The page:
0957-8234
DOI 10.1108/09578230310457457
efficiency. This inquiry has a number of purposes: first, to describe a different
kind of bureaucratic structure in schools, one that enables teachers rather than
hinders or punishes them; second, to begin to flesh out some specific examples
of enabling structures; third, to develop, construct of organizational
mindfulness in schools; fourth, to compare and contrast mindful and
enabling school structures; and, finally, to consider the research and practical
implications of enabling and mindful structures.
School structures
There is little doubt that bureaucratic structures can be detrimental to
participants and publics, but that is only half the picture. Bureaucracies can
increase satisfaction (Michaels et al., 1988), support innovation (Damanpour,
1991; Craig, 1995), reduce role conflict (Senatra, 1980), as well as diminish
alienation in organizations including public schools (Moeller and Charters,
1966; Jackson and Schuler, 1985). The extant literature paints two contrasting
pictures of human response to bureaucracy. The dark side reveals alienation,
discontent, rigidity, and dullness, but the bright view highlights commitment,
flexibility, responsibility, and effectiveness (Adler, 1999; Adler and Borys,
1996; Hoy and Miskel, 2001; Hoy and Sweetland, 2001; Sinden et al., 2002). It is
the dark view, however, that is emphasized and demonized in education.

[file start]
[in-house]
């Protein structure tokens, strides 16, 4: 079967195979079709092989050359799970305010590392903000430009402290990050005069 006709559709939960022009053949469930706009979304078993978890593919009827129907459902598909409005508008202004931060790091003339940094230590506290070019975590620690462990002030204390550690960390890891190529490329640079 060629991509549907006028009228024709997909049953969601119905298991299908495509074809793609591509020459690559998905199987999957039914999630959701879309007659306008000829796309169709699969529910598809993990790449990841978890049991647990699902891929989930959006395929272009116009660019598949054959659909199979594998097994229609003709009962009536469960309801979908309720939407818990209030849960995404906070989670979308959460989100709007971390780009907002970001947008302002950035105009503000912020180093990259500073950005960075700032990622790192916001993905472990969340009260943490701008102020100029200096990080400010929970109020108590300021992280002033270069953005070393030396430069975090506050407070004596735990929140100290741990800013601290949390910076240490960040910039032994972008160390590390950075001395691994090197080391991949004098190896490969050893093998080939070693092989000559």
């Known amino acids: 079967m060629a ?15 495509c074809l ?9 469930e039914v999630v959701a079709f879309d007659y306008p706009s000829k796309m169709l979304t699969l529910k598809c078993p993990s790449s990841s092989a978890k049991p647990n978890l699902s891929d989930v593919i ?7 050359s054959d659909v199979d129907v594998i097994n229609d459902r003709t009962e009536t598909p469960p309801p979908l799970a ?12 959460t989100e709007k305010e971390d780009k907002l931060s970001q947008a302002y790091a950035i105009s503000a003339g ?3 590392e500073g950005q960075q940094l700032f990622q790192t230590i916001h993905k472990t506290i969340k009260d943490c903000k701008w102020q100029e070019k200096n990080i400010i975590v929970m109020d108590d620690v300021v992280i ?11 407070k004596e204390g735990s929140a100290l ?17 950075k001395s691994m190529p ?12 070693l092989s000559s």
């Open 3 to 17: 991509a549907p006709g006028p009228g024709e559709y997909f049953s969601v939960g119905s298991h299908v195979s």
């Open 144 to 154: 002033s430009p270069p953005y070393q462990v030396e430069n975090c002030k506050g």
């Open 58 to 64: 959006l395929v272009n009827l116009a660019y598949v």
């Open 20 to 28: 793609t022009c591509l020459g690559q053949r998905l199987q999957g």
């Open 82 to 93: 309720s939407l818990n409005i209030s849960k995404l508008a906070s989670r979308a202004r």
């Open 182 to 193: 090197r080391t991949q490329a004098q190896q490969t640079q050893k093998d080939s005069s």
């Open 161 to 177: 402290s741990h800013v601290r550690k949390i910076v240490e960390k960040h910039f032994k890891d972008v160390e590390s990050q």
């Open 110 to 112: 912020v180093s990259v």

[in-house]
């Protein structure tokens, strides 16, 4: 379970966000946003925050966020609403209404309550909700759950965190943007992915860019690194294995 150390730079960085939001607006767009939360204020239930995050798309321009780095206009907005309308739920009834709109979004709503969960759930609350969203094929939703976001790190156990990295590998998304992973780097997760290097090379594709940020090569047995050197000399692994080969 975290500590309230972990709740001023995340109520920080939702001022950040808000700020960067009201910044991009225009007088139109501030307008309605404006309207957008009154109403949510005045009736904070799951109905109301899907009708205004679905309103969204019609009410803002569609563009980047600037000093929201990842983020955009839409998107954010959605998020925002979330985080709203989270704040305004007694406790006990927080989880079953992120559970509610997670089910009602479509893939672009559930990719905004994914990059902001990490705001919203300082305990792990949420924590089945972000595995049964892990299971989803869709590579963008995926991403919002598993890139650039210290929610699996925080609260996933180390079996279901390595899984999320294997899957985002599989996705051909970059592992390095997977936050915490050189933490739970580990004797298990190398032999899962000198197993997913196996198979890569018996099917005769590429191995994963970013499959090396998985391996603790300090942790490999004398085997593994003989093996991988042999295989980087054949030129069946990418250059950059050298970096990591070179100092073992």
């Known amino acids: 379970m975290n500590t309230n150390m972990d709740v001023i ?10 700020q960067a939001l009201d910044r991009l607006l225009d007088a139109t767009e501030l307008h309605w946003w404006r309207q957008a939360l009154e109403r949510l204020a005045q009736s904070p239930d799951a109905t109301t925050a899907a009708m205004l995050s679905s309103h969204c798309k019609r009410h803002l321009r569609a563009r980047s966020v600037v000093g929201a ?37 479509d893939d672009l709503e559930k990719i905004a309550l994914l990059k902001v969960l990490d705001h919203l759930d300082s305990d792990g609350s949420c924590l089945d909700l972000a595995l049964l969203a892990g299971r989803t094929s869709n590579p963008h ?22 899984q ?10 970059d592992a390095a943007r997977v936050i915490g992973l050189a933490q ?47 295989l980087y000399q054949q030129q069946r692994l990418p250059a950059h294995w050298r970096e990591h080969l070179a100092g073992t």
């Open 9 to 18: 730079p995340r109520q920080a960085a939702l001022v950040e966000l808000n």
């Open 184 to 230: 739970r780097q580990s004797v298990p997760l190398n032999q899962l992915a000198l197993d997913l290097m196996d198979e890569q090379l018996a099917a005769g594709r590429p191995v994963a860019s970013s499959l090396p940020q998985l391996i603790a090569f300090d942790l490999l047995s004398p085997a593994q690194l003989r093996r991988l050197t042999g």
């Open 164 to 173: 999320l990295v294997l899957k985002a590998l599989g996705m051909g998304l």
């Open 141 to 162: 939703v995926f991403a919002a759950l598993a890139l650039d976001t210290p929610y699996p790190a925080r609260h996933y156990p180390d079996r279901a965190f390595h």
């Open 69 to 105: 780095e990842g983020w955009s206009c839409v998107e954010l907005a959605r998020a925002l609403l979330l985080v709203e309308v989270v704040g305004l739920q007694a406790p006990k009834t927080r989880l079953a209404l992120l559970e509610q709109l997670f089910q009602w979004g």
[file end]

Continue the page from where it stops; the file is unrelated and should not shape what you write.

Consider the bright side of the picture for schools. What kind of school
configurations can achieve the positive outcomes of structure and avoid the
negative ones? Earlier research (Hoy and Sweetland, 2000; 2001) has shown
that school structures vary along a continuum from enabling at one extreme to
hindering at the other. Formalization and centralization are the fundamental
features of structure that define the two extremes of this continuum.
Formalization
Formalization is the extent to which the organization has written rules,
regulations, procedures, and policies. Gouldner’s (1954) classic analysis of rules
and regulations offers two kinds of formalization – punishment-centered and
representative. Building upon Gouldner’s earlier work, Adler and Borys (1996)
present a more comprehensive and contemporary theoretical analysis of
formalization – coercive and enabling – which offers a deeper analysis of how
work practices are affected by the features, design, and implementation of
enabling and coercive structures.
Coercive formalization tends to generate alienation at the expense of
commitment. Coercive rules and procedures constrain and even punish
subordinates for deviance rather than reward unusual and productive
practices. Instead of promoting flexibility and organizational learning, coercive
procedures force reluctant subordinates to acquiesce and comply with formal
routines. The consequences are not that surprising. For example, formalization
is positively associated with absenteeism, stress, alienation, and negatively
JEA
41,1
88